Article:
Functional limitation reporting (FLR) and PQRS both fall under the ever-widening umbrella of Medicare regulations, and they both involve outcome measures and data codes. Still, they are completely separate requirements, each with its own set of rules. Confusing, we know. To help you sort out the differences, we’ve put together a short breakdown of each one as well as a detailed compare/contrast chart:

The Basics of FLR

On July 1, 2013, Centers for Medicare & Medicaid Services (CMS) began requiring that physical therapists, occupational therapists, and speech-language pathologists complete functional limitation reporting on all Medicare patients billed under Part B. The penalty for noncompliance? Automatic claim denial.

To report on patients’ functional limitations, therapists must submit G-codes and corresponding severity modifiers at designated intervals (i.e., current status codes and projected goal status codes at initial examination, at minimum every tenth visit or progress note, and at discharge). At the outset of treatment for a particular episode of care, therapists identify the patient’s primary functional limitation—that is, the main reason the patient sought therapy treatment—and then select the G-code and severity modifier that best represent the category and degree of the limitation. Therapists should base the assigned severity modifier on their clinical knowledge as well as the score of an outcome measurement tool. Finally, therapists choose a therapy modifier—GO, GP, or GN—to designate the type of therapy they are providing: OT, PT, or SLP, respectively.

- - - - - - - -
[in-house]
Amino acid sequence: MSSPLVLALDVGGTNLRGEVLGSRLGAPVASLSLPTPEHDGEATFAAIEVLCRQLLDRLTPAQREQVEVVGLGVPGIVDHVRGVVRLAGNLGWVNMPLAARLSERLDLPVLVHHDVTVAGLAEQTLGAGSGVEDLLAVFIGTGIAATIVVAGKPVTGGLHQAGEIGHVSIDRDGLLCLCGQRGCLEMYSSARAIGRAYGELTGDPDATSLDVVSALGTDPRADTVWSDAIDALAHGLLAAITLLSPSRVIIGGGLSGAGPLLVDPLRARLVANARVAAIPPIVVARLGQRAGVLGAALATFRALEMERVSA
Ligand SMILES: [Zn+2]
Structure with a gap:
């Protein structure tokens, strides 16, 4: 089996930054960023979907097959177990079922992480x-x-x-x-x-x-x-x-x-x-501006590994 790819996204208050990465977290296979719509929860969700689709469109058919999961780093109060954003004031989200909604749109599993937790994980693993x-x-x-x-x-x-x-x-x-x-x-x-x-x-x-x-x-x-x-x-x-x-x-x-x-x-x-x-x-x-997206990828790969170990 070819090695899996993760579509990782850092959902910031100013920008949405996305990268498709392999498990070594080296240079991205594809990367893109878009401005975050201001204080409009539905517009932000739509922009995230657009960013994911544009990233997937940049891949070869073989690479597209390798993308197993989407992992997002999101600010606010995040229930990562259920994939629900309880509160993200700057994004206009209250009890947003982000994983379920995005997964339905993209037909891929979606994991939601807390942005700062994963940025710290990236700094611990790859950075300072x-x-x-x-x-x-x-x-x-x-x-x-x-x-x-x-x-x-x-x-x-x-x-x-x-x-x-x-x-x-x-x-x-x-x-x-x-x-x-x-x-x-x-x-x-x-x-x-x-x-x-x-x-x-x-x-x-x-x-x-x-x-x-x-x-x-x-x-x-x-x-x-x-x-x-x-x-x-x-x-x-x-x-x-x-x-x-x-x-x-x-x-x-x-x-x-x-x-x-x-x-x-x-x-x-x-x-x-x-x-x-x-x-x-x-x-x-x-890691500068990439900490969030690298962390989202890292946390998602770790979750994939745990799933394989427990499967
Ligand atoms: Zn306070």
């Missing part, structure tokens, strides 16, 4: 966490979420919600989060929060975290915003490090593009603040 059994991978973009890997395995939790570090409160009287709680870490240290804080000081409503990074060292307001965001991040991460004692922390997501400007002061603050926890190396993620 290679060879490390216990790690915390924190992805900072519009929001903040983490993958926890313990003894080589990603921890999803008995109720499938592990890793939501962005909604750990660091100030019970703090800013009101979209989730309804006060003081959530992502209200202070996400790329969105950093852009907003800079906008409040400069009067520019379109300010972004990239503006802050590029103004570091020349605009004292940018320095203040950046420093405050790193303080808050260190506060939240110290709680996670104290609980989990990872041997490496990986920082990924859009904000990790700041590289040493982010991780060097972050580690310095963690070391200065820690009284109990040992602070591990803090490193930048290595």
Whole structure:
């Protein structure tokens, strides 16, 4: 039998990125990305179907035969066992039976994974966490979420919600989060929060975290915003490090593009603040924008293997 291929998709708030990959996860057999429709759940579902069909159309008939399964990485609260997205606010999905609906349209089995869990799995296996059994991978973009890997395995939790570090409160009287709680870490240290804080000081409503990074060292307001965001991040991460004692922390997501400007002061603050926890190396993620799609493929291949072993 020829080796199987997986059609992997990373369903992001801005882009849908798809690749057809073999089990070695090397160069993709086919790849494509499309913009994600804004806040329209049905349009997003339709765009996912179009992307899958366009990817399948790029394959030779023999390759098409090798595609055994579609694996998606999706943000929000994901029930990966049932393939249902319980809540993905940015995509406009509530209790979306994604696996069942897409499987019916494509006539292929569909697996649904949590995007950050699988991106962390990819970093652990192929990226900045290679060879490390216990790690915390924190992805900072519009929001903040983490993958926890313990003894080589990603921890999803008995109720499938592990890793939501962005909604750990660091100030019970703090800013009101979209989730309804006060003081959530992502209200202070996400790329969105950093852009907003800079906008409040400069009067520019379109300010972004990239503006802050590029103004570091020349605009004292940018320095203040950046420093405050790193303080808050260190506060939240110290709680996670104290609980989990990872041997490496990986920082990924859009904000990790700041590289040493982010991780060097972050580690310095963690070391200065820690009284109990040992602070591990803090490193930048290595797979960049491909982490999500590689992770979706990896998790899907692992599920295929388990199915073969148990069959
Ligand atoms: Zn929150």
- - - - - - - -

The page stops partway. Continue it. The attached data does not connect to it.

The Basics of PQRS

PQRS—which stands for Physician Quality Reporting System—is a CMS mandate affecting physical therapists, occupational therapists, and qualified speech-language pathologists. The rule requires eligible clinicians to perform a certain number of applicable outcome measures on a designated percentage of Medicare patients. This percentage differs based on the reporting method the therapist chooses (i.e., claims- or registry-based). Failure to comply with this regulation will result in a financial penalty. In 2013, that penalty amounted to 1.5% of total Medicare reimbursements.

The Difference

Still have questions about how PQRS and FLR differ? Leave ’em in the comments section below and we’ll do our best to provide an answer.